Aims. Despite the important medical improvements in pediatric oncology, cancer remains the second most common cause of death among children between 5 and 14 years old in North America. Pediatric palliative care is focused on maintaining the best possible quality of life (QoL) in children with cancer. However, defining and assessing the QoL in pediatric palliative care is complex, because of the various dimensions included in QoL and the specificities of end-of-life issues. Moreover, developmental and medical constraints such as age and health status increase the complexity of assessment’s strategies. Recently, some authors have challenged the definition and the assessment of QoL in pediatric palliative care. But, to date, this topic has never been summarized in a systematic review. In the present study, we propose a conceptual and methodological review of QoL in pediatric palliative care.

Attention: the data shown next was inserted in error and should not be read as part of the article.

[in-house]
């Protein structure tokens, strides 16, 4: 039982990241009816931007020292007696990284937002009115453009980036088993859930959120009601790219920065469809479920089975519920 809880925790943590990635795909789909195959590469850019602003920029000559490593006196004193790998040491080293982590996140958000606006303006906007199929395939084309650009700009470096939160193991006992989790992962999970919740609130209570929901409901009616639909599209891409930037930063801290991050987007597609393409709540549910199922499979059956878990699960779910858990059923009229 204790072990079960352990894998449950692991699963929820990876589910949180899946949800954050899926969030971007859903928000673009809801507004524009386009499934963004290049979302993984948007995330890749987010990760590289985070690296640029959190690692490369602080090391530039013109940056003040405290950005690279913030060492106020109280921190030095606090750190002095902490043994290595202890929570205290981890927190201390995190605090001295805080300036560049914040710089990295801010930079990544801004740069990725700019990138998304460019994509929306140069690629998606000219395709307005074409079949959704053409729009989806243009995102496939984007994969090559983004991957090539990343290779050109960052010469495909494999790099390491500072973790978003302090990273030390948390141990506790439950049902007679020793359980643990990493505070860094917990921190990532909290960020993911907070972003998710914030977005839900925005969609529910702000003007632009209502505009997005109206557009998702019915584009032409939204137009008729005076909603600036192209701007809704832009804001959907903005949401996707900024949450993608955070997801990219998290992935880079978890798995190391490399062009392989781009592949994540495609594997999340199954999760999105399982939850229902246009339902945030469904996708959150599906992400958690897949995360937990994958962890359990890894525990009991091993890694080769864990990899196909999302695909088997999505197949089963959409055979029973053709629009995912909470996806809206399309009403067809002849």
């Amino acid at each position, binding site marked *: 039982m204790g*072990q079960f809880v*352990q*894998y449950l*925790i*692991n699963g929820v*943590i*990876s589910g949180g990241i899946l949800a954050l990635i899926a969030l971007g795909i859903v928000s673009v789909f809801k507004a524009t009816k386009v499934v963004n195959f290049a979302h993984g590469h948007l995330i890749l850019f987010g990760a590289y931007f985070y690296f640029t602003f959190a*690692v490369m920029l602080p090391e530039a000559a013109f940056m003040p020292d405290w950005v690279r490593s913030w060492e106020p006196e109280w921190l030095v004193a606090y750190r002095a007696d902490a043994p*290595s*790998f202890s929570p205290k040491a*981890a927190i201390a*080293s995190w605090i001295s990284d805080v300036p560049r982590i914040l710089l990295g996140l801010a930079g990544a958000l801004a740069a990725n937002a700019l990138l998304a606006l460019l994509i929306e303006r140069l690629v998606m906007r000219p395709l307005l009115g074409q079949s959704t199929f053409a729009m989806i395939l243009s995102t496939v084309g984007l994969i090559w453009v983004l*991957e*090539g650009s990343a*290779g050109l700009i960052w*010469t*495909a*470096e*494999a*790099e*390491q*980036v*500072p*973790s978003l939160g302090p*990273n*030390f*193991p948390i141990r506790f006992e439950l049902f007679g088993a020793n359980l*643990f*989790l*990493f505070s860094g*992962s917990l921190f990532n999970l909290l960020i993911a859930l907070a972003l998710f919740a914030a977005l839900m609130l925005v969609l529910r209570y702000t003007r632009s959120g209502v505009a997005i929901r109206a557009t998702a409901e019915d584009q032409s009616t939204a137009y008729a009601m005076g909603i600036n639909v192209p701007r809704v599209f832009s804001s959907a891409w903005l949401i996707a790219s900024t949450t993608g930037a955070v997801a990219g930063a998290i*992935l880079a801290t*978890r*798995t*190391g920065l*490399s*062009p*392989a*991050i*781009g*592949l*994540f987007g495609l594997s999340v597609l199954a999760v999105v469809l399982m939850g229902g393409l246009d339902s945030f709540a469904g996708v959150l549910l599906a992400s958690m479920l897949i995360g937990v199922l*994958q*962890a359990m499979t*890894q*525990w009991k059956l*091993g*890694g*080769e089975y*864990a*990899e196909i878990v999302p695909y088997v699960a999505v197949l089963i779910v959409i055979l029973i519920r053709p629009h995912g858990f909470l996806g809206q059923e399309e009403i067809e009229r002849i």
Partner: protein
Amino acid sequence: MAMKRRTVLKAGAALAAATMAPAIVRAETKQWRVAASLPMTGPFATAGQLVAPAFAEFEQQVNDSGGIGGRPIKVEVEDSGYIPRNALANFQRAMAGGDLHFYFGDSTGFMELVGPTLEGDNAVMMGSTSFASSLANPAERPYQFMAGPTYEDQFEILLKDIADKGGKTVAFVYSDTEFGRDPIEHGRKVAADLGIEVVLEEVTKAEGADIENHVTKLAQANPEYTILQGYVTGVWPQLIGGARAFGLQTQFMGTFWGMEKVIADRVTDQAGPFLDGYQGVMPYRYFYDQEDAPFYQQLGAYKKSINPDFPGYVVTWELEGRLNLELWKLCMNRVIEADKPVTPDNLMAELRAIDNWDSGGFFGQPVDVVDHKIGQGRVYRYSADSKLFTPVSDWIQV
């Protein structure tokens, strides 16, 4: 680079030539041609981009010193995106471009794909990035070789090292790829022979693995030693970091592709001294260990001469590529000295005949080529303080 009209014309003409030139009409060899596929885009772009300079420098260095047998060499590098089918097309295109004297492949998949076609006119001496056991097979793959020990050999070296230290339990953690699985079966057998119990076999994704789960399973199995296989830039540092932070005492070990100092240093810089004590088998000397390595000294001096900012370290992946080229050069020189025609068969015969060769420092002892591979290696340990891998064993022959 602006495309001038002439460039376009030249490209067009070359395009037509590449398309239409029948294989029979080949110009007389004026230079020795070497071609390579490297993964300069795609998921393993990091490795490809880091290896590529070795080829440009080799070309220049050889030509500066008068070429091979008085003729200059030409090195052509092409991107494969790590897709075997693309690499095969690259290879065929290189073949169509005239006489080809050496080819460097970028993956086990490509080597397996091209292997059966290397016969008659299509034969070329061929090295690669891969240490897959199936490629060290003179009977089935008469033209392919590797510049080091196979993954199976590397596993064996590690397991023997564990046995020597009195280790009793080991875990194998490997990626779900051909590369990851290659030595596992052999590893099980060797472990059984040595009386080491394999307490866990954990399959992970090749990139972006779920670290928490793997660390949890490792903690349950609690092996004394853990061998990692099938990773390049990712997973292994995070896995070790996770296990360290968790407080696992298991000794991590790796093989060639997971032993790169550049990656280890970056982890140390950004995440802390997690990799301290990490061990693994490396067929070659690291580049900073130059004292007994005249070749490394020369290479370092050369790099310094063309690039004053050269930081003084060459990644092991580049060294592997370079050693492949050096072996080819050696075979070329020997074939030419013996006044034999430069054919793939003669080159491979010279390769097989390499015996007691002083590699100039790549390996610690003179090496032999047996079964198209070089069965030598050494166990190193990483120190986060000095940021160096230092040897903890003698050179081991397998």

Methods. Online bibliographic databases (PsycINFO, MEDLINE, and Cinahl) were used to identify relevant studies that address the definition and the measurement of children’s QoL in pediatric palliative care.
Results. Preliminary results show that there are less than 10 studies that specifically investigate the QoL of children in pediatric palliative care. Moreover, findings highlight that there is a need to adapt the definition and the instruments of QoL for children hospitalized in pediatric palliative care to be as close as possible to their subjective experiences and their specific needs.
Conclusions. Current clinical and research literatures suggest that there are specific dimensions to define the QoL in pediatric palliative care. Future research should focus on developing new strategies for assessing QoL that address new topics, such as positive aspects of QoL (playing, smiling, etc.). An optimal definition and a valid and reliable measurement of QoL in pediatric palliative care are crucial to improve medical and psychological interventions and support.